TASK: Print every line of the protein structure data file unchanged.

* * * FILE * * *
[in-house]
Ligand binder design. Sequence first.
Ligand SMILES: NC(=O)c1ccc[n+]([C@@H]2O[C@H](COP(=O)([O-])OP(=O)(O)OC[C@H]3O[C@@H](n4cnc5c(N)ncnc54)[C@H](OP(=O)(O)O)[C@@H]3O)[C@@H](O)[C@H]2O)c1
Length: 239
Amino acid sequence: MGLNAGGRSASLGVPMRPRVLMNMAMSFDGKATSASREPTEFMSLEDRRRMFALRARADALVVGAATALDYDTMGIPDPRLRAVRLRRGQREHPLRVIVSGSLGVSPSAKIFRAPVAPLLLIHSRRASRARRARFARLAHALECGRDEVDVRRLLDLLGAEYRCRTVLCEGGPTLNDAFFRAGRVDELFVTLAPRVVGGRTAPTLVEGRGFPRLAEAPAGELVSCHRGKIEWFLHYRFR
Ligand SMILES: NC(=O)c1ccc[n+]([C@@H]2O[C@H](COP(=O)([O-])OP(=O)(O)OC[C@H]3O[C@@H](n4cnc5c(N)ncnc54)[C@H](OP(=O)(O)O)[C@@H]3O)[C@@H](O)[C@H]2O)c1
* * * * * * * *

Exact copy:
[in-house]
Ligand binder design. Sequence first.
Ligand SMILES: NC(=O)c1ccc[n+]([C@@H]2O[C@H](COP(=O)([O-])OP(=O)(O)OC[C@H]3O[C@@H](n4cnc5c(N)ncnc54)[C@H](OP(=O)(O)O)[C@@H]3O)[C@@H](O)[C@H]2O)c1
Length: 239
Amino acid sequence: MGLNAGGRSASLGVPMRPRVLMNMAMSFDGKATSASREPTEFMSLEDRRRMFALRARADALVVGAATALDYDTMGIPDPRLRAVRLRRGQREHPLRVIVSGSLGVSPSAKIFRAPVAPLLLIHSRRASRARRARFARLAHALECGRDEVDVRRLLDLLGAEYRCRTVLCEGGPTLNDAFFRAGRVDELFVTLAPRVVGGRTAPTLVEGRGFPRLAEAPAGELVSCHRGKIEWFLHYRFR
Ligand SMILES: NC(=O)c1ccc[n+]([C@@H]2O[C@H](COP(=O)([O-])OP(=O)(O)OC[C@H]3O[C@@H](n4cnc5c(N)ncnc54)[C@H](OP(=O)(O)O)[C@@H]3O)[C@@H](O)[C@H]2O)c1